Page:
Here’s what to expect: a Python script defines a visualization (plots, videos, images, maps, etc.) along with widgets, such as sliders and combo boxes. The whole thing gets served via a server which caches requests intelligently – changes in sliders trigger remote fetches which refresh the visualization. Some custom visualizations may be written in JS. Oftentimes, dashboard solutions are associated with a specific plotting library. so all the docs will be written in terms of that library – but generally you have some flexibility to use other frameworks.
One clarification: if you want to share your visualizations, you’ll need a server. All solutions have a basic open source offering allowing you to DIY deploy such a server yourself via e.g. a cloud provider. If that sounds messy, you can instead opt for a managed cloud solution – there’s often a free tier and paid tiers with more capabilities availables. Here they are:
|Product||Deployment||Peculiarities||Associated plotting library|
|Panel||DIY||Works inside of jupyter and standalone||Bokeh, with support other charting libraries|
|Streamlit||DIY & commercial||Very easy deploys||Agnostic|
|Dash||DIY & commercial||Supports lots of customization, aimed at enterprise users||Plotly, with support for other libraries|
Of these, Streamlit seems to have the most momentum according to Github stars.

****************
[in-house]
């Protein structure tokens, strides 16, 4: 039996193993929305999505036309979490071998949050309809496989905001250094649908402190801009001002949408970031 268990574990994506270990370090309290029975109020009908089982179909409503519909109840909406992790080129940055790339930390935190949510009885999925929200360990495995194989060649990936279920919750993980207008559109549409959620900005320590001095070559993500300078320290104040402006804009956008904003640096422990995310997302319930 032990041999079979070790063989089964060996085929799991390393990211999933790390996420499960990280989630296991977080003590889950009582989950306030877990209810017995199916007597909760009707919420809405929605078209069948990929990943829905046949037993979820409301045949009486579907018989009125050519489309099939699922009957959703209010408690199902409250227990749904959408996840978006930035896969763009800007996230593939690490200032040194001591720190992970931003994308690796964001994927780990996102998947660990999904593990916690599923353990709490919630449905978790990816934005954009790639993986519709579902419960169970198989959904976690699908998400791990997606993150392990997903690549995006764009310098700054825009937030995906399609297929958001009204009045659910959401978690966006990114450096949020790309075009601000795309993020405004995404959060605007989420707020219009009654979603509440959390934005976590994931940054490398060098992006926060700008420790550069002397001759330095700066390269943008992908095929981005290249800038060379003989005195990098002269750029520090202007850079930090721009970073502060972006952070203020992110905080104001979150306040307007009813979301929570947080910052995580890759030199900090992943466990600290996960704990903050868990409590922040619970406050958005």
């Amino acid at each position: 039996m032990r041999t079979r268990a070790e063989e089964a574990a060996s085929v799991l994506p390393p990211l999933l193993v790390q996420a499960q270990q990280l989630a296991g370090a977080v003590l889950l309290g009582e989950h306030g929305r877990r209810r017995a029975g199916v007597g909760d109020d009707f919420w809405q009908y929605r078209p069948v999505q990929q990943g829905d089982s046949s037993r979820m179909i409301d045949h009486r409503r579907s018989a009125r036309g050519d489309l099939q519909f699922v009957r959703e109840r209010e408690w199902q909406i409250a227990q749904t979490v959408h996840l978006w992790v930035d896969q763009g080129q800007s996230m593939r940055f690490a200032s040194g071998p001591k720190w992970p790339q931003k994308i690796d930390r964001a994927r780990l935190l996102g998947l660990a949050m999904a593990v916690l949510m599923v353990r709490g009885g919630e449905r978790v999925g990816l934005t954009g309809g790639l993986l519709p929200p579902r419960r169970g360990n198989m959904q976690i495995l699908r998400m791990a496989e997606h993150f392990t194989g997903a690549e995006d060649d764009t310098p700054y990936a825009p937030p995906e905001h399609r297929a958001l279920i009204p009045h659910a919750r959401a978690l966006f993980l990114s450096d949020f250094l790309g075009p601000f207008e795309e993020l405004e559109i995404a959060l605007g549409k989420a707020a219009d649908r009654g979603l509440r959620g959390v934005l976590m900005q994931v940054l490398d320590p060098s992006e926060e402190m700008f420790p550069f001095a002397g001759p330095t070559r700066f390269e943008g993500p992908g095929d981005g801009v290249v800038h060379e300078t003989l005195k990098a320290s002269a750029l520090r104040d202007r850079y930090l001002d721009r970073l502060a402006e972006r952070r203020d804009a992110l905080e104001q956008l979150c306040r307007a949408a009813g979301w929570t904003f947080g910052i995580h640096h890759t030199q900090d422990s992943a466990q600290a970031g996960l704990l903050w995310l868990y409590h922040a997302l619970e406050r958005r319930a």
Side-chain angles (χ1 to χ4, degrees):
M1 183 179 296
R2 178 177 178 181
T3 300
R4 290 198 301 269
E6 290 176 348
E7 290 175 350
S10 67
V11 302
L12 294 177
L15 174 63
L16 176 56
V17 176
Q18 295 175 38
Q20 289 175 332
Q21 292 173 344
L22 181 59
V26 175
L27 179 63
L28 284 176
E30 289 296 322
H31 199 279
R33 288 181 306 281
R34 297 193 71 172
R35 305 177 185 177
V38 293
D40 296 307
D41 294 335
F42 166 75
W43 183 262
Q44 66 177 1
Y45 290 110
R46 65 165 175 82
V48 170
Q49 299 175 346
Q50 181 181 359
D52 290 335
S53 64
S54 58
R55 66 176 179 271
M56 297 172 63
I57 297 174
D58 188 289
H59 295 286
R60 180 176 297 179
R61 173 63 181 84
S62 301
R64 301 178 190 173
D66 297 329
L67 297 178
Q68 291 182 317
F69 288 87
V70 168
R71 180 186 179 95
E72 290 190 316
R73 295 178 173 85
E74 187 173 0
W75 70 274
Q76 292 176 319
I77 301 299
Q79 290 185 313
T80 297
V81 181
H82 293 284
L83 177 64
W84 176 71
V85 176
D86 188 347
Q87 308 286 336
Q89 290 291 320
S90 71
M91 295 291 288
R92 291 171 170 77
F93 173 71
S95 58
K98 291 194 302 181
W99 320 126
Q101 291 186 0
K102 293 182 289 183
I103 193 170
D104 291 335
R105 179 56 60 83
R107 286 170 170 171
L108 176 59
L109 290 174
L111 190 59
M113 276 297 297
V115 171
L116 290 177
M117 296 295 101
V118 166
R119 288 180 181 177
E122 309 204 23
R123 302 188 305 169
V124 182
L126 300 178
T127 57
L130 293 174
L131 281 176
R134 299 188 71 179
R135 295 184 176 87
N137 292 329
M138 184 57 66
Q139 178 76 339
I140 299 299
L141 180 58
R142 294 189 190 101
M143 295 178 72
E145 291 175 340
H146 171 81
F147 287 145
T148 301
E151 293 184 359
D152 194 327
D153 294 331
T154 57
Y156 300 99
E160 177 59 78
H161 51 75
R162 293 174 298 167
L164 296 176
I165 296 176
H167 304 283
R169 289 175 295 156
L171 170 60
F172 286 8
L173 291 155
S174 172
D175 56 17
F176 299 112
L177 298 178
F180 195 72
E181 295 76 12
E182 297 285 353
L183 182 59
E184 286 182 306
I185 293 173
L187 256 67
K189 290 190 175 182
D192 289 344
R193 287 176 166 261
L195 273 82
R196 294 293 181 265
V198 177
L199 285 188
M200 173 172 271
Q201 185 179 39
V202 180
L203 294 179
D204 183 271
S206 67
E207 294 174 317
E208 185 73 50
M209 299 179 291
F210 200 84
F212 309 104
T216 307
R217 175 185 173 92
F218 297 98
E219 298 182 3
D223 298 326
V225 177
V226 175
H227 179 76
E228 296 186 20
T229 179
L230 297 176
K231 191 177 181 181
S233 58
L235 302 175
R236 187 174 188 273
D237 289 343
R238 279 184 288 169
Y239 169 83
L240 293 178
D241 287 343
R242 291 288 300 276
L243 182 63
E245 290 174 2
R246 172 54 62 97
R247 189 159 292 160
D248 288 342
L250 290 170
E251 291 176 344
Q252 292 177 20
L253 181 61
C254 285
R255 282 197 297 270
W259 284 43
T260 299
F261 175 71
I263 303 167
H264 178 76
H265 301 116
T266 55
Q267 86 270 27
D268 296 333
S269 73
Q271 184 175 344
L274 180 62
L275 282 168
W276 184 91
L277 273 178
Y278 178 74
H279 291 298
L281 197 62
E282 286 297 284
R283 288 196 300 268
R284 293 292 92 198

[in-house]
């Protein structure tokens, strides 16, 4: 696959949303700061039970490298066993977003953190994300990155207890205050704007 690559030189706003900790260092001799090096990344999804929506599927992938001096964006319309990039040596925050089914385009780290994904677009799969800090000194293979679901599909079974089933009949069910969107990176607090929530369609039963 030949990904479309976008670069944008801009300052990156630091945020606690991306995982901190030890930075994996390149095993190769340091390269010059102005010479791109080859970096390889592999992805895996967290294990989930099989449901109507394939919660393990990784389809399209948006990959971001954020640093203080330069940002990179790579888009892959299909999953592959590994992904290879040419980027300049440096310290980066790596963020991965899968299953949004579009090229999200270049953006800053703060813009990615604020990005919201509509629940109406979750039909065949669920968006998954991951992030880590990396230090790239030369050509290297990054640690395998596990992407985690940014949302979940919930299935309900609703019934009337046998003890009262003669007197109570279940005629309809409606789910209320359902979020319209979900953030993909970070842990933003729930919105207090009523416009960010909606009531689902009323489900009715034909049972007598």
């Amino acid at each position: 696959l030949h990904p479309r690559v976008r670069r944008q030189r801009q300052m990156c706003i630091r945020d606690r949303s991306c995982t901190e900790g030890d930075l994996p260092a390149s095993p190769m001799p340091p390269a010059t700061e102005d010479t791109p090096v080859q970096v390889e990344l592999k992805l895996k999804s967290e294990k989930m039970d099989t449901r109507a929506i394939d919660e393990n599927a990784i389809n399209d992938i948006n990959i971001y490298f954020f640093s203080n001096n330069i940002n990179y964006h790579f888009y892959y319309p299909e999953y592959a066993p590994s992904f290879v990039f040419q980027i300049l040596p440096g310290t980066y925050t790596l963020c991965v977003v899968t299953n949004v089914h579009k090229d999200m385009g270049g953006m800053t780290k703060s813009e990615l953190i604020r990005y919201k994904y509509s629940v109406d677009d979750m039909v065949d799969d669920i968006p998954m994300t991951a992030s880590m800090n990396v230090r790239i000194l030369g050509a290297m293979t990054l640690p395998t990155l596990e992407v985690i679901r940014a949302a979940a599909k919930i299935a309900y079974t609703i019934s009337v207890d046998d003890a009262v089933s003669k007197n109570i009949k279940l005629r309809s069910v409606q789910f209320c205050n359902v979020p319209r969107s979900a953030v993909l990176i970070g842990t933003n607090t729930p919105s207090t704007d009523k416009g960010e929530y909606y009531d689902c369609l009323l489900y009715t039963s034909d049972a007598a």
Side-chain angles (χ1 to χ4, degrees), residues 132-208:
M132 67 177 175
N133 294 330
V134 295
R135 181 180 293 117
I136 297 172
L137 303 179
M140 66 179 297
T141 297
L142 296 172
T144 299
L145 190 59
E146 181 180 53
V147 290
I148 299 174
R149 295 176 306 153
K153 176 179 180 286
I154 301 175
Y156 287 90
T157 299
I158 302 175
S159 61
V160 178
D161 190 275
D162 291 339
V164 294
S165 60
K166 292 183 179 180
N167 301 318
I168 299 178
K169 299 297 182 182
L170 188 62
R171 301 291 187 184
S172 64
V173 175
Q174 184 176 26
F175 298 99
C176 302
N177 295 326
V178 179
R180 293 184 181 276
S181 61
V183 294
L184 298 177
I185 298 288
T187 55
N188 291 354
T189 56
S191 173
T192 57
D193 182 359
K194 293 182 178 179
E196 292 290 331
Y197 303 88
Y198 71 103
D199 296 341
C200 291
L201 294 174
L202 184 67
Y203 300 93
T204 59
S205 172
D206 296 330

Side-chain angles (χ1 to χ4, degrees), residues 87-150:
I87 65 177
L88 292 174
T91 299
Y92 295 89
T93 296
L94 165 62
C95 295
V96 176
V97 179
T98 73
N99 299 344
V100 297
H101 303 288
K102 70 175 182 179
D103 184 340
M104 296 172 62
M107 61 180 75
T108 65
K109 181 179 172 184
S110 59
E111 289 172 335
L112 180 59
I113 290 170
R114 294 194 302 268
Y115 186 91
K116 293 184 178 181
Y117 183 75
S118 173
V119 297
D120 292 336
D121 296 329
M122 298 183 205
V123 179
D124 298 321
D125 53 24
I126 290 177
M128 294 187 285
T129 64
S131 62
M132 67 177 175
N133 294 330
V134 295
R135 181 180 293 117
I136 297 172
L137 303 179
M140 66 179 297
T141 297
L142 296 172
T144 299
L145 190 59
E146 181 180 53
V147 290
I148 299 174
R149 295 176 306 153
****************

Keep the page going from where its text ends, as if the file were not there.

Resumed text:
See this article for a detailed breakdown.
Step 1: build for jupyter notebook
_repr_html_ and IPython.core.display
When you print a variable at the end of a Jupyter cell, how does Jupyter know how to display it? The answer is that it looks for a
You may also trigger a rich display from anywhere inside a cell, not just at the end, using the ipython API. Again, you can include any number of web technologies, including embedding scripts inside the embedded HTML.
from IPython.core.display import display, HTML display(HTML('<h1>Hello, world!</h1>'))
ipywidgets and interact
ipywidgets, also known as jupyter-widgets or simply widgets, are interactive HTML widgets for Jupyter notebooks and the IPython kernel. Notebooks come alive when interactive widgets are used. Users gain control of their data and can visualize changes in the data. Learning becomes an immersive, fun experience. Researchers can easily see how changing inputs to a model impact the results.The ipywidget manual
Next in line in complexity are
ipywidgets can display rich HTML; however, widgets can also have events which cause them to call Python. See this notebook for an example. You can use them, for instance, to navigate through a plot with widgets. In fact, this pattern is so common that there’s a convenience function called
interact which allows you to do just slider-based interactions.
Building on jupyter widgets, you can release fully fledged dashboards based in jupyter notebooks. This is called voila. The idea is that you write a regular jupyter notebook, and then you can serve it through a tornado server on the web. The end user sees a dashboard which is the concatenation of the output cells of the dashboard, without the code. You can deploy this on Heroku or Google App Engine to make your application world accessible.
Step 2: Walled gardens